Trade fairs – the not so fair trade afterall

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I was at Top Drawer in London last week meeting up with a couple of my favourite suppliers. I have my visit to that particular fair down to a fine art these days and can arrive at Euston at 12.30, get to Earls Court, do the rounds and be on the 16.30 train back home.

I’ve disliked Top Drawer intensely for about 20 years but they seem to finally have got it right and either realised a few things themselves or had so many complaints that they can now organise a drinkies session at a distillery! It was a joy to attend, and I mean it.

For years it seemed everything was laid out on a first come first served basis – card suppliers next to smelly candle producers, next to babygrow knitters, scattered among jewellery makers. So if you sell one or other of those products but not all you literally had to walk every single isle picking your way between things of no consequence or interest. Your day was an unnecessary right-off.

Added to this, of course, is my own phobia of jewellery! So I’d be walking past some people looking like a rabbit in headlights about to pass out when someone offered me the chance to alight their stand and feel the quality! I think not, my sweaty palms would have slid off anything.

These days it’s so much more of a breeze, I can walk past all the irrelelvant stuff to find what does interest me.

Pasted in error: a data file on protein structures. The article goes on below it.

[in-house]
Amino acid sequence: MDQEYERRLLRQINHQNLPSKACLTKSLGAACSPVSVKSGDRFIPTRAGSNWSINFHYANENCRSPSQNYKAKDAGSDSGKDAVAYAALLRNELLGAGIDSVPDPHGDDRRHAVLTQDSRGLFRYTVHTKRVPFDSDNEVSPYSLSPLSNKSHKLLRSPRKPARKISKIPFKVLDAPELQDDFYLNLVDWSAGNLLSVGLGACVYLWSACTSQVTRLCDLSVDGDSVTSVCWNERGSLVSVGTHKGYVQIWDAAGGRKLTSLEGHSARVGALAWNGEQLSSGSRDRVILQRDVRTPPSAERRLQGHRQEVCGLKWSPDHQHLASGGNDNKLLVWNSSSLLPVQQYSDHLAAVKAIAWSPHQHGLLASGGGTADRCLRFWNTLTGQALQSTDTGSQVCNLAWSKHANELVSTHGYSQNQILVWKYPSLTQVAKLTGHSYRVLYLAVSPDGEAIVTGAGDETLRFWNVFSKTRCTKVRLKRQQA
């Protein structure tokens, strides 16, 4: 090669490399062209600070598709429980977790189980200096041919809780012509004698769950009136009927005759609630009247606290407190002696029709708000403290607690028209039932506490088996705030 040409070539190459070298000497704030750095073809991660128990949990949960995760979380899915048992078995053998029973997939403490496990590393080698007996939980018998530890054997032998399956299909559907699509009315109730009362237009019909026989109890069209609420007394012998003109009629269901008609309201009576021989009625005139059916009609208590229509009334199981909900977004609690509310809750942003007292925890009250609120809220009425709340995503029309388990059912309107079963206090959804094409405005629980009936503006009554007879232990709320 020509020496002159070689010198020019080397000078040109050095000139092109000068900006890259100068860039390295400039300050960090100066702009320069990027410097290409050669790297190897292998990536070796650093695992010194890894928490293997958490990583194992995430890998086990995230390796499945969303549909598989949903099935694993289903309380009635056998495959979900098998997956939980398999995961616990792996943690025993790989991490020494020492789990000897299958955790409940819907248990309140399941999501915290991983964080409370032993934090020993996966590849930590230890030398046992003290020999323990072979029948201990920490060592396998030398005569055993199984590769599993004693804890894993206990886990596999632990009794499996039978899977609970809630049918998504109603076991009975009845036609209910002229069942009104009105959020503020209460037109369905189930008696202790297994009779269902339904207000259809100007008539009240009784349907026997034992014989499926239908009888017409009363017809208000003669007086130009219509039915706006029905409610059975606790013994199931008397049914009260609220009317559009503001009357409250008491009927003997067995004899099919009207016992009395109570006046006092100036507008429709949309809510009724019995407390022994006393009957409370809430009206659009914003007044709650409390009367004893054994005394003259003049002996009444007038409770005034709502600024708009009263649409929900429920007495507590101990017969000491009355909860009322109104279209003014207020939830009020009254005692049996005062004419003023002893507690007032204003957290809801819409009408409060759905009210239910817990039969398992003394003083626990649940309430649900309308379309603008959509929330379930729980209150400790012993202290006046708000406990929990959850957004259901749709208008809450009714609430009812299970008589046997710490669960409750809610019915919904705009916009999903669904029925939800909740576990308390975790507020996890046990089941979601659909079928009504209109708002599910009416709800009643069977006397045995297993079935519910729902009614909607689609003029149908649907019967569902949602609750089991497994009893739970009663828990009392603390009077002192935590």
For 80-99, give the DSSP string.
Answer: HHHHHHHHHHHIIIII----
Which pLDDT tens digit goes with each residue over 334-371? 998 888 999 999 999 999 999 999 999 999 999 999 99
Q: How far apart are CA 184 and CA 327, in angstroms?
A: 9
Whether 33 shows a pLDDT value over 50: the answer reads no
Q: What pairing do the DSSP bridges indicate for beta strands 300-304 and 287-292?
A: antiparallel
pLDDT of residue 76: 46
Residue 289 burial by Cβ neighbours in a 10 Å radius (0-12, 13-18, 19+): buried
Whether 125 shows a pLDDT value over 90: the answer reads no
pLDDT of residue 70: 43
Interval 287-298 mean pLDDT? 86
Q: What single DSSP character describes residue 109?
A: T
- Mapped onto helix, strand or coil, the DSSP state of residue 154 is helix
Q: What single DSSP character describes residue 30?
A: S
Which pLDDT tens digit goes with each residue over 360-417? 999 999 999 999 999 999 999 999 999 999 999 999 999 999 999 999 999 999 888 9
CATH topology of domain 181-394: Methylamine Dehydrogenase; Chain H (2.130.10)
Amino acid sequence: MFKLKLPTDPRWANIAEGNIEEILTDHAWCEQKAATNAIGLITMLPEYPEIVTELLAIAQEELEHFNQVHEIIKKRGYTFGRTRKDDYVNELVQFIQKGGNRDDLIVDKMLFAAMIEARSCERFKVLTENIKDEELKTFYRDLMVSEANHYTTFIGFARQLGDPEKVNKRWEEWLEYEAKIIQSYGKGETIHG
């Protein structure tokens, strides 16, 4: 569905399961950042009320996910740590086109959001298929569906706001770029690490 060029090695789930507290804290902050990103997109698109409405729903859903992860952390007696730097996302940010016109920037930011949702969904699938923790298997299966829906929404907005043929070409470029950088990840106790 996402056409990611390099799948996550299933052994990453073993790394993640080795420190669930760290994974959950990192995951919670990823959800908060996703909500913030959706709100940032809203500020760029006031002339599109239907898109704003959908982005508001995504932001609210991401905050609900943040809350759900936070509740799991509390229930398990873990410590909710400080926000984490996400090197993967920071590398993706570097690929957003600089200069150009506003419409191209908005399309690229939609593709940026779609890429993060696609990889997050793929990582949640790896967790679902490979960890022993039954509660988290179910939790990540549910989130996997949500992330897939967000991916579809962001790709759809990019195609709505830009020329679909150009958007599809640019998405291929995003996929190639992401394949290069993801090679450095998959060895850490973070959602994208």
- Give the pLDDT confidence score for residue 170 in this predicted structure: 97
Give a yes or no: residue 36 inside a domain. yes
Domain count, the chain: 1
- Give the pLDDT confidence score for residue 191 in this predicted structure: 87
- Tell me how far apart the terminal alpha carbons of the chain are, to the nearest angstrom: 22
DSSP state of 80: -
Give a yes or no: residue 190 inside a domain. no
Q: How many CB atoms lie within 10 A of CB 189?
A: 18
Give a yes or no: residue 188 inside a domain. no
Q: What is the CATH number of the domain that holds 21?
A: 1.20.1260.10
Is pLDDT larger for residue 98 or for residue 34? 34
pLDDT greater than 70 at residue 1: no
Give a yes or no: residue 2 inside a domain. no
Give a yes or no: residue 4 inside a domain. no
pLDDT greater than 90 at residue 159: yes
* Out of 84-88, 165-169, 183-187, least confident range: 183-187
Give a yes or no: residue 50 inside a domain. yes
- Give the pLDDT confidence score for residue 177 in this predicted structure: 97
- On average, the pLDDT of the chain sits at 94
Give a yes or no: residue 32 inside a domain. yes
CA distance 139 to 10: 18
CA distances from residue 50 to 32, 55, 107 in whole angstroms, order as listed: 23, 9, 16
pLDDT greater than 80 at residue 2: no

As a matter of course I dropped on to one of the stands whose products I absolutely adore and would fill the website with tomorrow barring one obstacle – they refuse to supply online only stores. If you have a physical shop they will happily supply you, their argument being that shops have a greater financial outlay? It’s a bizarre argument. To be brutal, what do they care what the overheads of a particular shop are? To be fair in business is a lovely and perfect sentiment, and one to which I try to adhere but this one is wrought with anomalies in my opinion.

This piece relates in part to a similar blog that I wrote back in March.

The brand in question, who I will not name and shame because I desperately want their gear, are high value, high quality, superb design and manufacture, yet as far as I am concerned not being entirely honest with their explanation. I would imagine it to be far more a case of protecting their brand and not having the confidence to supply a website without fear of it turning up on some online car boot sale.